Tampa International Airport is working to transform the region by bringing in international flights, connecting the Tampa Bay area to the West Coast of the United States and embarking on $2.5 billion in capital projects that include a people mover that could ultimately provide a connection to a regional transportation system. The importance of international flights is clear. One non-stop daily flight to a major European city has a $154 million economic impact on the region and creates 1,200 jobs. Better service to America’s northwest also will help boost our local economy. Tampa to Seattle and Tampa to San Francisco are among the most underserved routes in the country. Nonstop flights to those cities will serve as an enticement to tech companies from that region considering relocating or opening offices in the Tampa Bay area. And the airport’s proposed 1.3-mile people mover that will connect an “aerotropolis” near the entrance of the airport to the main terminal can serve as a catalyst for improving transportation options for the entire region.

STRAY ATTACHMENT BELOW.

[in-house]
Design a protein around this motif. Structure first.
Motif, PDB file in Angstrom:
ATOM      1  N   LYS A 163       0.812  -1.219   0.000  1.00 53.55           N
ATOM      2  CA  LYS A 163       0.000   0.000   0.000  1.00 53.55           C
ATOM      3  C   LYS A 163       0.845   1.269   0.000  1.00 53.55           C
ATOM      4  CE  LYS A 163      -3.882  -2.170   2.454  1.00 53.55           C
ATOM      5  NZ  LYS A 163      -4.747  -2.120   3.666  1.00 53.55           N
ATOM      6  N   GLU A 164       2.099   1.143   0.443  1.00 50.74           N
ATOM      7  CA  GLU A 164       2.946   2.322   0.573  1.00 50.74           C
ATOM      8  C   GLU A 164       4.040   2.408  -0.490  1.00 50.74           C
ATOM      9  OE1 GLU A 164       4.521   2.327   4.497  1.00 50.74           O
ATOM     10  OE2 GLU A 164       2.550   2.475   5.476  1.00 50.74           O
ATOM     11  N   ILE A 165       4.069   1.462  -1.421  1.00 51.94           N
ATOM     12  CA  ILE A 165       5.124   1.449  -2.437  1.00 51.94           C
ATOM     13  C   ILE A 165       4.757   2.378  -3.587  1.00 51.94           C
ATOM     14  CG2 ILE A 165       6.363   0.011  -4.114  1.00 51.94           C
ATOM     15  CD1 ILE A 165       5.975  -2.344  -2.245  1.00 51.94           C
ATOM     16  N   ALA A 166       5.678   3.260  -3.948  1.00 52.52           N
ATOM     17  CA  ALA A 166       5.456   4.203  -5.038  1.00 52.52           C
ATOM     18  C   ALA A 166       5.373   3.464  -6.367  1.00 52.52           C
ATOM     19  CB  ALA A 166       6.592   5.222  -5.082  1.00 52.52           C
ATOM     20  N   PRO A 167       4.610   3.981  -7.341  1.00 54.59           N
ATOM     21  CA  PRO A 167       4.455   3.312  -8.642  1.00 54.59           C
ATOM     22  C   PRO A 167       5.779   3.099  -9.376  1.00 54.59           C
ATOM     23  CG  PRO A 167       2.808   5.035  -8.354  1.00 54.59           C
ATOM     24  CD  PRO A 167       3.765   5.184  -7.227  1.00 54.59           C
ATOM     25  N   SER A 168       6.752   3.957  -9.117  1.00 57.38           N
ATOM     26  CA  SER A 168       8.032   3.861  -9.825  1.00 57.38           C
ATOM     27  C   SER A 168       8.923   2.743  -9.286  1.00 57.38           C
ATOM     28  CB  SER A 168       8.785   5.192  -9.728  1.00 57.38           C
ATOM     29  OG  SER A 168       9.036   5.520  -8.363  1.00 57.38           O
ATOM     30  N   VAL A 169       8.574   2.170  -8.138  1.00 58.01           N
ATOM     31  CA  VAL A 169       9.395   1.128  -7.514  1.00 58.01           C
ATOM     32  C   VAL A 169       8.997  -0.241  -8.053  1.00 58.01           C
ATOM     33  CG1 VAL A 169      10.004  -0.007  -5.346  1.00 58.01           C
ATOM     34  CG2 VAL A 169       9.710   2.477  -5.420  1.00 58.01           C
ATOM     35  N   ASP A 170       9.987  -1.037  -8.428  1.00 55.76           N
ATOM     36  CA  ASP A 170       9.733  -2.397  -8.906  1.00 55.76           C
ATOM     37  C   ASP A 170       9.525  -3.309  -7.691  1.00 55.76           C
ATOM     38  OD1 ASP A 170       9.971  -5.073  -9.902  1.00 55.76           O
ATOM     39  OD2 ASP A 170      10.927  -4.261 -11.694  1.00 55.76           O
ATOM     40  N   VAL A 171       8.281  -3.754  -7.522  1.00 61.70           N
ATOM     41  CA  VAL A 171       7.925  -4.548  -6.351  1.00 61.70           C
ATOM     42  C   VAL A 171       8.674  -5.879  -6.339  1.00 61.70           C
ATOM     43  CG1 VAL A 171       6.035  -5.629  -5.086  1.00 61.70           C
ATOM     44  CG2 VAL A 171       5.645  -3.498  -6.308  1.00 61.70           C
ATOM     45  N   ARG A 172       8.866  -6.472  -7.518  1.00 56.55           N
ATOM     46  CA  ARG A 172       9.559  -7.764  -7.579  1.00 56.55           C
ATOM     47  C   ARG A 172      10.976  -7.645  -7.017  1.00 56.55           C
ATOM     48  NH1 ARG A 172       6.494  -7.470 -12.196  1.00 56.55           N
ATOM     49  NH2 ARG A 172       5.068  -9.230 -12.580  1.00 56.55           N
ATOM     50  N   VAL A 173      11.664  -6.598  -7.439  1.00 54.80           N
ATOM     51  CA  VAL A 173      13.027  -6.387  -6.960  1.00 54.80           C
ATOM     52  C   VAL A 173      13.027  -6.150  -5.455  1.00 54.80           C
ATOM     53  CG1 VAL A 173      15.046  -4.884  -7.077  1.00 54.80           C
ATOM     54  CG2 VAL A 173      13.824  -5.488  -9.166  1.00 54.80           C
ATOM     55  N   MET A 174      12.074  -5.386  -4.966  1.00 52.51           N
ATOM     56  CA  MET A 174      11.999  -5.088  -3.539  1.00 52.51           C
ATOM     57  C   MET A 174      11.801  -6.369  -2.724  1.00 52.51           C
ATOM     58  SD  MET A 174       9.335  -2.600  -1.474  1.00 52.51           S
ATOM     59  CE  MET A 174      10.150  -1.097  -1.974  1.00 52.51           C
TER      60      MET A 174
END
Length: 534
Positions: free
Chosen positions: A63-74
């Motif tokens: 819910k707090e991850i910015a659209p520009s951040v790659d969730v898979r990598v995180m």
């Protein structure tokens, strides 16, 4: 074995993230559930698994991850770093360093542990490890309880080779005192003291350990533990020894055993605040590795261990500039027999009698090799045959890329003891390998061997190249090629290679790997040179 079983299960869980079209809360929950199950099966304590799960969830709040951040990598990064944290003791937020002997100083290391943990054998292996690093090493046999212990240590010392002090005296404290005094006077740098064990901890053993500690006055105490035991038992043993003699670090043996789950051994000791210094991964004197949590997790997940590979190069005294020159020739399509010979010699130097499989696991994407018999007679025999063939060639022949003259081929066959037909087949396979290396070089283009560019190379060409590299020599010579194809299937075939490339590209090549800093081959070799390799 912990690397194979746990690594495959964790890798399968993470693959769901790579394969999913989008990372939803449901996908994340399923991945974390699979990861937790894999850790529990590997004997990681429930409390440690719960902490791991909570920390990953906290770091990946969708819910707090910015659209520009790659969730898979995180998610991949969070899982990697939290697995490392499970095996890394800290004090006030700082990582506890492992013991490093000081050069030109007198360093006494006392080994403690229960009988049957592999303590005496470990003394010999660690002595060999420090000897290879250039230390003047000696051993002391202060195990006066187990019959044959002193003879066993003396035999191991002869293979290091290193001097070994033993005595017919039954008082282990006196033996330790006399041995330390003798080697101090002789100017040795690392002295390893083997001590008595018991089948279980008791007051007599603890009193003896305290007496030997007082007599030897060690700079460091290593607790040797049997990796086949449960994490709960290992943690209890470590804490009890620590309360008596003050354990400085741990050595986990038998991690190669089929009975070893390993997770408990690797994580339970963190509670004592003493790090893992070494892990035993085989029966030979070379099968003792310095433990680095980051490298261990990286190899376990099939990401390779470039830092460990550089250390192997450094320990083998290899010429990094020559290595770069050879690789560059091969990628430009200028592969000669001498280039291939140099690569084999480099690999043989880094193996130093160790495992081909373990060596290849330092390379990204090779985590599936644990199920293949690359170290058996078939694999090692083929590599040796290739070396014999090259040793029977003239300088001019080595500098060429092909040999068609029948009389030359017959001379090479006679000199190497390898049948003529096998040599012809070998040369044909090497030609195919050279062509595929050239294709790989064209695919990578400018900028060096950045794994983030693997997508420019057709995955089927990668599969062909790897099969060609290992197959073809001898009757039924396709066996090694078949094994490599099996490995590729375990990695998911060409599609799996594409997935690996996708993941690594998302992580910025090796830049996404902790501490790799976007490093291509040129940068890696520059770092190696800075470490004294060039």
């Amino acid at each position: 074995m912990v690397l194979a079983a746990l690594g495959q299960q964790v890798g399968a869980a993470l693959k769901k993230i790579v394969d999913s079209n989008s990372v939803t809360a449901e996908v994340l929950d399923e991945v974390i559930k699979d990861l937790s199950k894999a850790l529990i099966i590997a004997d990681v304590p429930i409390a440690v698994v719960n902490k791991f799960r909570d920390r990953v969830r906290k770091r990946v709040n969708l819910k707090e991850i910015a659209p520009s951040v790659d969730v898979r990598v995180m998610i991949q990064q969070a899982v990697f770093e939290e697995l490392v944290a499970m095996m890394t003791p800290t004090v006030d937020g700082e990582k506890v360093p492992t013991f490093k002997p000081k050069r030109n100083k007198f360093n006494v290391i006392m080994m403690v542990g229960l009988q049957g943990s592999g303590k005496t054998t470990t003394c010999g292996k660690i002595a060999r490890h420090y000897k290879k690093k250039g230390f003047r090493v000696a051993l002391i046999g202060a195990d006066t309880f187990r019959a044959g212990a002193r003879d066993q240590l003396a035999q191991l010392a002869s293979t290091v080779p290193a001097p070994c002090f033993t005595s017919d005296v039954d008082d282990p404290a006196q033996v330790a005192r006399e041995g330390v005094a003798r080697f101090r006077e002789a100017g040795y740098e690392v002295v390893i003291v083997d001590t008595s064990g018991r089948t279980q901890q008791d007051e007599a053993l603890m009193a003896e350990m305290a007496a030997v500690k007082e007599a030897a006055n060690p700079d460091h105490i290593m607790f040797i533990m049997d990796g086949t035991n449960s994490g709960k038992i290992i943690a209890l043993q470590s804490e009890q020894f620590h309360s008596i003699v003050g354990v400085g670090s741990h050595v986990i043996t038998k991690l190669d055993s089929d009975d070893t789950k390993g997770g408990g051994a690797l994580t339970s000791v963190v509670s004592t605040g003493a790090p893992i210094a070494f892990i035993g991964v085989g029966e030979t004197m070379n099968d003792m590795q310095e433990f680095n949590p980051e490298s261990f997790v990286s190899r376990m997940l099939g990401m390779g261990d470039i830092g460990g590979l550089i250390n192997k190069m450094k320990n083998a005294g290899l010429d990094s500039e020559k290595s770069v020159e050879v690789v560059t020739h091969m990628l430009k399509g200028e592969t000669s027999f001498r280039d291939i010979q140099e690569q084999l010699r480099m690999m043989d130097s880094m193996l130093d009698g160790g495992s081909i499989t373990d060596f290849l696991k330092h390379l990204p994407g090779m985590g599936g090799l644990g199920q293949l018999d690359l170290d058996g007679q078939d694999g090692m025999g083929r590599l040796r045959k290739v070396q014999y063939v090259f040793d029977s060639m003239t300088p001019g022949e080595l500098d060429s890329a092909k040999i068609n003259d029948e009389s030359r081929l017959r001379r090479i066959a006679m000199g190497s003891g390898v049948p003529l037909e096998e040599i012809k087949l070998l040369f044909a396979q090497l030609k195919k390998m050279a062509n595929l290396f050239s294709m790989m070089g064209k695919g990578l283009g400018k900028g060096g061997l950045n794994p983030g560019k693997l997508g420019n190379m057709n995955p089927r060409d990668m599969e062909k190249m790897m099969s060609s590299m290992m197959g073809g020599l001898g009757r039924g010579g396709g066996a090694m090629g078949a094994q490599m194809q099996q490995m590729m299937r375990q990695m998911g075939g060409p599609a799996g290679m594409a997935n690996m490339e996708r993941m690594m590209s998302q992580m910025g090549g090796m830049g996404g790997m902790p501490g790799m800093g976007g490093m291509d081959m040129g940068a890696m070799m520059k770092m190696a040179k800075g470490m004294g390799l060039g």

Crisis Crowdsourcing at the U.S. Geological Survey
Sophia B. Liu, Ph.D. is currently a Mendenhall Postdoctoral Research Fellow at the U.S. Geological Survey (USGS) in St. Petersburg, FL, though she recently moved from Colorado three months ago. She researches the use of social media in disaster situations and investigates the challenges with integrating official and crowdsourced crisis information in the emergency management domain. She received her Ph.D. from University of Colorado at Boulder in the Technology, Media and Society interdisciplinary program at the Alliance for Technology, Learning and Society Institute. She was also awarded a National Science Foundation Graduate Research Fellowship for her dissertation research on the emergence of socially-distributed curation practices as a way of managing crisis information in the social media landscape. As a social artist, Dr. Liu loves rollerblading, tribal dancing, and brewing jun elixirs.